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Court Ruling Brings Lithuanian One Step Closer to Deportation

A federal appeals court in Philadelphia has upheld a ruling that Jonas Stelmokas entered the United States illegally by concealing his involvement in a Nazi-sponsored Lithuanian battalion during World War II.

The ruling affirms the 1995 revocation of Stelmokas’ U.S. citizenship and places him one step closer to deportation, said Eli Rosenbaum, director of the Office of Special Investigations, the Nazi-hunting arm of the U.S. Justice Department.

“We’ve gotten over another hurdle,” Rosenbaum said in an interview last week.

The U.S. Court of Appeals for the 3rd Circuit, which is based in Philadelphia, last week upheld in a 2-1 decision a U.S. District Court ruling to strip Stelmokas of his American citizenship.

Stelmokas has two more opportunities to appeal, Rosenbaum added.

The appeals court upheld Nov. 12 that Stelmokas, 80, a retired architect in Lansdowne, Pa., hid his wartime past when he came to the United States as a refugee in 1949. He was made a naturalized citizen in 1955.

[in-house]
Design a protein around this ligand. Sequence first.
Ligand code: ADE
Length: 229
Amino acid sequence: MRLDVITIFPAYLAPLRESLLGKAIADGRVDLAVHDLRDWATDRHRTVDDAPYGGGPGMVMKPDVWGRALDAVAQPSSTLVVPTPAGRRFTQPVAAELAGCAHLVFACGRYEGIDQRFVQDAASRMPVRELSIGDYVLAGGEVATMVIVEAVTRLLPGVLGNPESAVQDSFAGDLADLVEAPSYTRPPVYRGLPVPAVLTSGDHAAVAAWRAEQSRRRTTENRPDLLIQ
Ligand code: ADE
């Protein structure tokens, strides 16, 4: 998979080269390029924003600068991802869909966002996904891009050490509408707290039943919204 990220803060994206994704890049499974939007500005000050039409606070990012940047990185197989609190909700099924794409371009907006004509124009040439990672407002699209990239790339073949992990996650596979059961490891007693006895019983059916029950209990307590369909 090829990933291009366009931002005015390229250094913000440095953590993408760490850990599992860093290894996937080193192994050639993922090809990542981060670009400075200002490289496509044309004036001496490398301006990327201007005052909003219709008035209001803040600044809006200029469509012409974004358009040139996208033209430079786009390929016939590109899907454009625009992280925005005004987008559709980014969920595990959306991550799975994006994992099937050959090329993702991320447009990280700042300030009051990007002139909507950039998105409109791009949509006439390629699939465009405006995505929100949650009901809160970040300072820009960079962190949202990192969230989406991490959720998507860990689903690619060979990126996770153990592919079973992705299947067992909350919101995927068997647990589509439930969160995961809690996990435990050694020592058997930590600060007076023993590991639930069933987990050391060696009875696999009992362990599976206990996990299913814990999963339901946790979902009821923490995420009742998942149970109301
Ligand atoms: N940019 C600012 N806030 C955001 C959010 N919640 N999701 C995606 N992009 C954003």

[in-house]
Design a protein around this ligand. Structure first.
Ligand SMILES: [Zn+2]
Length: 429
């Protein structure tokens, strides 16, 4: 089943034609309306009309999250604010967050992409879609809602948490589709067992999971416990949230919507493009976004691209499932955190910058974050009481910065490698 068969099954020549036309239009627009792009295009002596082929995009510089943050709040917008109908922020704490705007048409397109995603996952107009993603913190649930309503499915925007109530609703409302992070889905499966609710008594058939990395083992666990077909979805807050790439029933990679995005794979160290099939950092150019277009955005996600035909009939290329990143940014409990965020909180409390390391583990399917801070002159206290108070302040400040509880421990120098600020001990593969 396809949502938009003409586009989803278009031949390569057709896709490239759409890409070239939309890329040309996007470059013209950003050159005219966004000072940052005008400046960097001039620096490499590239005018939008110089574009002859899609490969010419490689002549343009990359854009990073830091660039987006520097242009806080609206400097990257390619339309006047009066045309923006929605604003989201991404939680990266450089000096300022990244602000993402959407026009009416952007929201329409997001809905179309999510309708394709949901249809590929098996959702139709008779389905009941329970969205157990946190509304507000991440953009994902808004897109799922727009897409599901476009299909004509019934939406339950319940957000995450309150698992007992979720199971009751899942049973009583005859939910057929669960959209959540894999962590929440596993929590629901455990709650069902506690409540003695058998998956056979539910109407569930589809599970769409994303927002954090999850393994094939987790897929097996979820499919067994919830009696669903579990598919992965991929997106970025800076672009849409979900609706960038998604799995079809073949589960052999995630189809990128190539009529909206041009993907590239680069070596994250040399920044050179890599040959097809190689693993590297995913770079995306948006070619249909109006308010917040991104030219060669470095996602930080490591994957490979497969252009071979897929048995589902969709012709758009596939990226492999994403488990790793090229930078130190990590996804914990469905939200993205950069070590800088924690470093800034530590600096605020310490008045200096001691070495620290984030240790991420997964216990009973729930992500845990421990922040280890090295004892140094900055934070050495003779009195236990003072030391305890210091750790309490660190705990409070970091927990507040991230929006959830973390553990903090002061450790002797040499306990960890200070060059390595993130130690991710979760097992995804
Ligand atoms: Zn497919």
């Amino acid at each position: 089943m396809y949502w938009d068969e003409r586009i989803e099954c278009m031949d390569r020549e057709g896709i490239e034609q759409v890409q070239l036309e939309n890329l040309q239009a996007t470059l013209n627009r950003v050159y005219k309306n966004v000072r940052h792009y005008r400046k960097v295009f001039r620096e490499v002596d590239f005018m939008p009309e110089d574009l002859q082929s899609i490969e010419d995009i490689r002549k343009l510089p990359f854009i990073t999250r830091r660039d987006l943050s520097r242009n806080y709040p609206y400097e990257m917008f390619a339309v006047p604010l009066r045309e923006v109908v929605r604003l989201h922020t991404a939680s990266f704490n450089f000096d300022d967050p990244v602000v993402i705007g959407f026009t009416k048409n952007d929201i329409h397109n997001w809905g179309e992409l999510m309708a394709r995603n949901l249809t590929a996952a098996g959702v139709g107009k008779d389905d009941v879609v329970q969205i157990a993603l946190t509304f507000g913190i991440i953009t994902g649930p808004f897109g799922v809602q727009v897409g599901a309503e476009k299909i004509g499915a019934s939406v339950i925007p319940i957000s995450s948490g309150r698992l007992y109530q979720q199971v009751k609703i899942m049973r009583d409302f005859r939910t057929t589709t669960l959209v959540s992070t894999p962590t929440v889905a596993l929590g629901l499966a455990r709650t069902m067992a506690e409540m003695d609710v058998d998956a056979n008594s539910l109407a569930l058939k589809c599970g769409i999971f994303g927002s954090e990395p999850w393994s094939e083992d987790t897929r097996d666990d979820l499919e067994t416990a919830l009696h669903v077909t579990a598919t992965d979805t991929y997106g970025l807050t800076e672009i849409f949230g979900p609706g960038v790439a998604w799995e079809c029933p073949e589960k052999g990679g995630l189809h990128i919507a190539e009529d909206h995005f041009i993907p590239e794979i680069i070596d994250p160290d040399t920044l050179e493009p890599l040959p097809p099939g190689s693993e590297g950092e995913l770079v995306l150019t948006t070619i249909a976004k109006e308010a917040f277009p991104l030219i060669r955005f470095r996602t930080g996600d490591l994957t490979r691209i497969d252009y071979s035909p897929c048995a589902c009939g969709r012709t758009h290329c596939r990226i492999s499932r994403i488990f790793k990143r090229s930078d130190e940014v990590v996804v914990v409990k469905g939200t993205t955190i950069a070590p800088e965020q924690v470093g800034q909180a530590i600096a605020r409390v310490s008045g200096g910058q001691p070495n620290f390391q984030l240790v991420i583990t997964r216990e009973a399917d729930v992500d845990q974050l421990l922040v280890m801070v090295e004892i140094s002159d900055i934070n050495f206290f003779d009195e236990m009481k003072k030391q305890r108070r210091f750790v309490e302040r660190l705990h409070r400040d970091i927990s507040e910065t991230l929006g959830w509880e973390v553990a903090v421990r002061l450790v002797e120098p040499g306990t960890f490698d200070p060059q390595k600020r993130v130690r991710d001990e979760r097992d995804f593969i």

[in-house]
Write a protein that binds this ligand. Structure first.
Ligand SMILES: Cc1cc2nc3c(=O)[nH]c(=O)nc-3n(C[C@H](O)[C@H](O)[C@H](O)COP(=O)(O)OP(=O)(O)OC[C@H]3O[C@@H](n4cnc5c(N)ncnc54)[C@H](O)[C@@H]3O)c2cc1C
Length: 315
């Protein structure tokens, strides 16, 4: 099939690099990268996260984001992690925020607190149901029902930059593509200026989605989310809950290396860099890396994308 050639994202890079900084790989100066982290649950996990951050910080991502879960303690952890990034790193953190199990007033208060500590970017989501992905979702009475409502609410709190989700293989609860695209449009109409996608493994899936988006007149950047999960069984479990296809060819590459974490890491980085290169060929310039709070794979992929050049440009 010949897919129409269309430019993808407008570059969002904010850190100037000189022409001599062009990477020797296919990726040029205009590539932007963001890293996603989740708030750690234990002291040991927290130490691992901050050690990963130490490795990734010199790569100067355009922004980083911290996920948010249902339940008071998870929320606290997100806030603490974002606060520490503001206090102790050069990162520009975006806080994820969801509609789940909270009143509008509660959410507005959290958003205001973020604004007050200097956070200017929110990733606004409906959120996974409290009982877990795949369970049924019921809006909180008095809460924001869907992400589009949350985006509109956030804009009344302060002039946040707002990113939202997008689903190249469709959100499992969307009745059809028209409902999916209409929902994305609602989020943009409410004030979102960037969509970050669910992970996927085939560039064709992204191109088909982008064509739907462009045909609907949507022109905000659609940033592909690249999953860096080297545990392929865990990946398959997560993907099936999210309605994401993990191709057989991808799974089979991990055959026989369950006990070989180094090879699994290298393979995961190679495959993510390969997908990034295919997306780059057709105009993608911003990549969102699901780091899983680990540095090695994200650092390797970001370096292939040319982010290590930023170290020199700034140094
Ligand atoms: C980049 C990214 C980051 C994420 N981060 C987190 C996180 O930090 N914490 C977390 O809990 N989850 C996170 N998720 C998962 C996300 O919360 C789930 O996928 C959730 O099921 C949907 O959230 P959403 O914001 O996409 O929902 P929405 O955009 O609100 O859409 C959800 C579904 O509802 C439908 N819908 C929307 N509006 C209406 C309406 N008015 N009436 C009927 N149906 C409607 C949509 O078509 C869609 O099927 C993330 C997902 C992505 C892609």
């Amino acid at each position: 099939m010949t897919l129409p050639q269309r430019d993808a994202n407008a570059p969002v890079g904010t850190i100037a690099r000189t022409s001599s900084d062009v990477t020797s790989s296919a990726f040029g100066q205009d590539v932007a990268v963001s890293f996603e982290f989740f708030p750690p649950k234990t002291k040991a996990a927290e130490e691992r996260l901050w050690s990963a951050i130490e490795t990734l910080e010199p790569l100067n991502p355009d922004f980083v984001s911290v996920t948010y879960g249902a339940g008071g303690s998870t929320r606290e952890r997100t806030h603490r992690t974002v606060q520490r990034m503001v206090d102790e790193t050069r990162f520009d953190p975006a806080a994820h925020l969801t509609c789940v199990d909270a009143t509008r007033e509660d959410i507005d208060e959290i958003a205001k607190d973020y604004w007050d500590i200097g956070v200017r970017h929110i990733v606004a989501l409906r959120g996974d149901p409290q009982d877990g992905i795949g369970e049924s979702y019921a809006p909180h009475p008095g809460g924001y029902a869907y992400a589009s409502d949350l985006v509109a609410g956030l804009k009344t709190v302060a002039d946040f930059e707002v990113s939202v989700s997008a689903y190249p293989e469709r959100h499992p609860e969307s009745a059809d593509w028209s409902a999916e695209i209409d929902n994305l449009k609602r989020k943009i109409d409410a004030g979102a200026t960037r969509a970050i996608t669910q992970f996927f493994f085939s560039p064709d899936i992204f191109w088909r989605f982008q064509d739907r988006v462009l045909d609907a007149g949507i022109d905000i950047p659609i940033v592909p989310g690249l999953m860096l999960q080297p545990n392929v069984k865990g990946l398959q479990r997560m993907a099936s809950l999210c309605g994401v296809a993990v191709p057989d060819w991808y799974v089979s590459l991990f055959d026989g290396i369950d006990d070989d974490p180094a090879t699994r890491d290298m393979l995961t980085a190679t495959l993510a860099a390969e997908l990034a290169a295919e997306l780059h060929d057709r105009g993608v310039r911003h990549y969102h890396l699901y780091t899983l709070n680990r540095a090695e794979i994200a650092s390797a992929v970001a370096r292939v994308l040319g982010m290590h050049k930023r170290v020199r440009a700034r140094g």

According to the court, Stelmokas voluntarily joined a Nazi-sponsored battalion that assisted in rounding up and killing Jews in Lithuania. He served as an officer in the battalion, known as the Schutzmannschaft. The group’s members swore allegiance to Adolf Hitler and were under control of German Einsatzgruppe A, a mobile killing unit.

The appeals court also upheld the finding that Stelmokas was on duty when his entire battalion took part in the so-called Grosse Aktion, or Great Action, in which Nazi documents record that more than 9,000 Jews in the Kaunas ghetto were methodically killed in a 24-hour period.

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